Going the Distance Takes More Than Meets the Eye

How do humans perceive distance? To say “with our eyes” seems obvious. But when gauging the distance to a destination one is walking or throwing something to — or performing any of the other countless daily activities that require knowing how far away things are — there’s much more to it than meets the eye.

New research in perceptual psychology is revealing that when we mentally judge distances, our eyes have help from the rest of our body, as well as from our emotions. There are also situations, such as when braking to avoid a collision on the highway, in which we may not actually even gauge distance at all.

In his perception laboratory at the University of Virginia, Dennis R. Proffitt has done a number of studies revealing that distance perception is a complex process in which people’s behavioral goals, as well as their emotions and physiological state, affect how far away things appear. His work leads him to suggest that what he calls the “embodiment of perception” has played an adaptive role in human evolution.

A series of studies conducted in Proffitt’s laboratory have shown that the amount of effort required to walk to a destination or throw an object to a specific target affects how far away the destination or target is perceived to be. Apparent distance decreases with fitness and increases with fatigue. A destination will also appear farther away after a person walks on a treadmill (due to the temporary illusion, produced by treadmill walking, that it takes effort just to stay in the same spot). Similarly, a person throwing a heavy object will perceive the target to be farther away than a person throwing a light object.

This finding also extends to the perceived slant of a hill: A person wearing a heavy backpack will view a hill as steeper than will someone who is unencumbered.

Interestingly, Proffitt has found that only the specific locomotor system (e.g., walking or throwing) involved in the task to be performed affects judgment of distance. Walking on a treadmill only increases apparent distance when one plans to walk to the target, not when one plans to throw an object there. According to Proffitt, “These studies show that people view intervening distances as ‘walkers’ or ‘throwers’ and that perceived distances are influenced by the energy required to perform these actions.”

A person’s attitudes or emotions can also affect their perception of distance. Study participants who listened to a minor-key (i.e., “sad”) piece by Mahler reported that a hill was steeper than those who listened to a major-key (i.e., “happy”) piece by Mozart. And research conducted by one of Proffitt’s doctoral students has shown that people tend to greatly overestimate a platform’s height off the ground when they look down from it (more so than when they look up at the platform from the ground) and that the apparent distance correlates with the person’s anxiety about falling (i.e., fear of heights).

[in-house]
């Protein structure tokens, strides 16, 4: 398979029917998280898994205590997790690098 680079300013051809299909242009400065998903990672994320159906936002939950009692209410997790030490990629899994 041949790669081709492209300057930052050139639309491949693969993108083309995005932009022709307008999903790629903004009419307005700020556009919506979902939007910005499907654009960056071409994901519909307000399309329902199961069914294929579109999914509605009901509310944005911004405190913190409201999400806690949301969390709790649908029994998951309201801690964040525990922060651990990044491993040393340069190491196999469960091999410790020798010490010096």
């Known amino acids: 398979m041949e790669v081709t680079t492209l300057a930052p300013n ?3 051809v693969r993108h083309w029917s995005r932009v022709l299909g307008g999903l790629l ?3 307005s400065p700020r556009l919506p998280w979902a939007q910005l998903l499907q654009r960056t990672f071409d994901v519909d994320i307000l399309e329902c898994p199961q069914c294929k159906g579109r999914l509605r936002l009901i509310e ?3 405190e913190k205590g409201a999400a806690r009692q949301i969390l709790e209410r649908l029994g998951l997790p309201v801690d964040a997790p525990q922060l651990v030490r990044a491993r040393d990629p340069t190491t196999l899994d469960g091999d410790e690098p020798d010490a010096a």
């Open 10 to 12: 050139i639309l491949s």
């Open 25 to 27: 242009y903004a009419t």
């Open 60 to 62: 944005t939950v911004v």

Proffitt suggests that because emotional and energetic factors affect distance perception, the visual-perception system may play an adaptive role by helping us make cost/benefit judgments. Visual perception, Proffitt writes, “promotes survival by making people aware of both the opportunities and the costs associated with action.”

But other research is finding that, in many situations, the visual-perception system helps guide our actions without requiring us to mentally calculate how far we are away from objects at all.

Take, for example, baseball players catching fly balls. They need to get to the right place to make the catch, but how do they know where that will be? Researchers have suggested that the players don’t actually need to mentally calculate the distance to their target, but simply run on a trajectory so that the ball follows, to their eyes, a straight (rather than curved) path as it rises and falls.

Other studies have shown that something similar occurs when driving: If a car brakes on the road ahead, a driver knows when and how quickly to slow her own vehicle to avoid a collision, not by making a mental calculation of distance (such a calculation would be time-consuming, neurologically speaking), but simply by relating the projected size of the other car to the rate that its apparent size increases in her visual field.

In other words, the distance-perception system helps people assess the costs and benefits of actions without the need to explicitly calculate energy and distance. “A principle function of perception,” Proffitt writes, “is to defend people from having to think.”

To learn more about how (and when) people perceive distance, see “Distance Perception” in the June issue of Current Directions in Psychological Science; to learn more about the adaptive role of distance perception, see “Embodied Perception and the Economy of Action” in the June issue of Perspectives on Psychological Science.

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